Such is my coverage of Rum Bar Records’ bands, it’s getting to the point where people will wonder whether there’s a little bit of payola in progress. I can assure you that is not the case. Look, it’s not my fault the label are pumping out hit release after hit release. Which brings us neatly to Cheap Gunslingers. Operating out of St. Petersburg (Florida) and Asheville (NC), this band of delinquents led by the revered Edo McGrady of the Gotohells, have only gone and dropped an A-bomb of a punk rock record.
Shamelessly borrowing from The Modern Lovers, one of my favourite places kickstarts this self-titled long player. The place in question is the Record Store. I can feel my fingers getting dusty as Cheap Gunslingers pound out of my speakers like a Roadrunner from hell. Good Time quickly backs things up with a real cool vibe that lays somewhere between Ramones and The Boys. Some strategically placed “Oohs” and “Ahhs” add to the pop sensibilities. Perfect.
It’s floor tom pounding for Defective; a short, sharp, straightforward rock ‘n’ roll guitar laden track. Maybe the most telling song title is up next; that is, Three Chords. Hey, that’s all you need to start a band. There’s a certain sparsity to Cheap Gunslingers’ songwriting and production, and I kinda like it.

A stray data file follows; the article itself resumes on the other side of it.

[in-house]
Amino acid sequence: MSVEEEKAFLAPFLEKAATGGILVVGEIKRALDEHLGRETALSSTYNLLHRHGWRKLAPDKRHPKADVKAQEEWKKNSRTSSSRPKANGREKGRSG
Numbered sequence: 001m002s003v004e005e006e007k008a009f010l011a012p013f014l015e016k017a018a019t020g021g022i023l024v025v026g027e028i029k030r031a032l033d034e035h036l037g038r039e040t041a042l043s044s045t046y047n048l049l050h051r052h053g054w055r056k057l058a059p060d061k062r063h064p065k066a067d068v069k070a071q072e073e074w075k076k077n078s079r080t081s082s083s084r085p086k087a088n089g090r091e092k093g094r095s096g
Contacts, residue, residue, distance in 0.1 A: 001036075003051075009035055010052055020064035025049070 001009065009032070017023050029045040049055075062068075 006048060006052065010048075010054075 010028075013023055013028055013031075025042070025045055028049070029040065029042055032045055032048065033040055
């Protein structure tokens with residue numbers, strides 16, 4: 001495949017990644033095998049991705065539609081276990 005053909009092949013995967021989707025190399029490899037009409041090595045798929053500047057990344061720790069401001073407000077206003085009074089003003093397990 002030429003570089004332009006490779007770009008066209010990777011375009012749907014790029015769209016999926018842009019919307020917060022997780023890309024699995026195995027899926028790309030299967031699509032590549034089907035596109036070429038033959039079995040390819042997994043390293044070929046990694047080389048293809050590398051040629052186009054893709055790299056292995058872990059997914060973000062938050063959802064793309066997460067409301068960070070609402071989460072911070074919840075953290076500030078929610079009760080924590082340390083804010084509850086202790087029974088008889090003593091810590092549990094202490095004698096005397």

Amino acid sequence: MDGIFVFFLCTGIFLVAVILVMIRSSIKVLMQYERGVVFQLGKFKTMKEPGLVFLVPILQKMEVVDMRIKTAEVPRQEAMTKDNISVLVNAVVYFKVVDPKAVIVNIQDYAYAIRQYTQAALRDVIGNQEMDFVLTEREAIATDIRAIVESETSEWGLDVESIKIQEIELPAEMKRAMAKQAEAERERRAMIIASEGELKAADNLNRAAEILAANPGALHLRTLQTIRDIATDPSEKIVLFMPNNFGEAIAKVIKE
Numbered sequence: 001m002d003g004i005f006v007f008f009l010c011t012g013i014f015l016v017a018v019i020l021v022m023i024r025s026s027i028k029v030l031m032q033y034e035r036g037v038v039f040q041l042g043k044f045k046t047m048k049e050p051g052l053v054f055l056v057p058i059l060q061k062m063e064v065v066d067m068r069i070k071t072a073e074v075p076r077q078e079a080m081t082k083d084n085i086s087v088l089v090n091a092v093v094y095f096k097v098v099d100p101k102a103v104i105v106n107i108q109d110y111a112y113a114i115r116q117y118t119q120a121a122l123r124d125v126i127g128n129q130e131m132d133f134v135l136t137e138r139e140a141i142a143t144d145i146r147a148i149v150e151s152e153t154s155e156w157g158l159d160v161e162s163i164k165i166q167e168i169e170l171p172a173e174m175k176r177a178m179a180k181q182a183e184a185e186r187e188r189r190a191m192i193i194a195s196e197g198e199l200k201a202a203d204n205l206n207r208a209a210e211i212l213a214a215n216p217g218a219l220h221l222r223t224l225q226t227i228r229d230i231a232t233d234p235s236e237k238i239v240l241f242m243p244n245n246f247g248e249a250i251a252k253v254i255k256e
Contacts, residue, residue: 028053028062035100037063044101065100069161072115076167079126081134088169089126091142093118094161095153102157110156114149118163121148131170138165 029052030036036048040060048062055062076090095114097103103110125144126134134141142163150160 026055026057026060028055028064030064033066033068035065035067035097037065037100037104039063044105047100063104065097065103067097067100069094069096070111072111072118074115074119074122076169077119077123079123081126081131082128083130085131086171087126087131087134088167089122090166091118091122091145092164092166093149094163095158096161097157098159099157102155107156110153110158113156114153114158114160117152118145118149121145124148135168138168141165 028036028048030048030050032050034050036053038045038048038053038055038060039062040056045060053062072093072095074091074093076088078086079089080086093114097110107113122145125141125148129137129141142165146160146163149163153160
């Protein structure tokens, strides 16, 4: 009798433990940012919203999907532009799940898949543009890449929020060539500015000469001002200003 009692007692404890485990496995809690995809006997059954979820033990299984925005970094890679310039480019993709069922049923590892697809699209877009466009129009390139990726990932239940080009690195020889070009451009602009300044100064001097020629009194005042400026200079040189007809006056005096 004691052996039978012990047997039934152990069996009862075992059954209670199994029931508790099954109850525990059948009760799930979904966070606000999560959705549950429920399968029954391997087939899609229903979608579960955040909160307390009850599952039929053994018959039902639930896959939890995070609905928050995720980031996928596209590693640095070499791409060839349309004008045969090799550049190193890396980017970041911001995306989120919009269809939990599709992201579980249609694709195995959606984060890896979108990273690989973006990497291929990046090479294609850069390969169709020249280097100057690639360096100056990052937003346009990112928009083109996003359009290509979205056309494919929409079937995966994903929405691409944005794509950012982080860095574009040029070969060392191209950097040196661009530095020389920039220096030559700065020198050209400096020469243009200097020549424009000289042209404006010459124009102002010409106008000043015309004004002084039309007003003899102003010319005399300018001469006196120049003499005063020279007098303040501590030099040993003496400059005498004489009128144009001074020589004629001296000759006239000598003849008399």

Run Girl is a Great Big Kiss of a tune with a catchy chorus that wouldn’t sound amiss on a 1960s teenage tragedy song compilation. Definitely an album highlight that’s been etched in my brain for quite some time, right down to the sneaky off-key Beatles-esque harmonies right at the very end. Damn you, Cheap Gunslingers!
With the spit of Stiv Bators and the swagger of Johnny Thunders, Junky Friends offers a lead break that threatens to tentatively fall apart at any given moment. For the record, I find that quite beautiful. Just when you think it’s all punk rock, the band throw in a riff that Keef would be proud of on Please Kill Me. It’s barroom rocking stuff that despite the songs lyrical content, puts a great big smile on my chops. I’m three years sober but this almost tipped me off the wagon.
Cheap Gunslingers briefly take their foot off the gas for Water Table Line and it’s most welcome as we head down the home straight. The penultimate Off the Rails invites you to put on your best dancing daps to do the punk rock twist and last out of the bag is the fittingly bluesy Bars of the Song with its 1950s chord sequence. “It’s all over” is the cry, but hey, we can do it all again, right?
Cheap Gunslingers prove that you haven’t got to race at a million miles an hour to have an impact. With their self-titled album they’ve perfectly straddled that line between punk and new wave. It’s a compelling listen for lovers of honest rock ‘n’ roll. Y’know, the stuff that can’t be faked. Cheap Gunslingers have opened their hearts and they deserve some reciprocation in return. Oh, and tell your friends. Even the junky ones. Ginge Knievil
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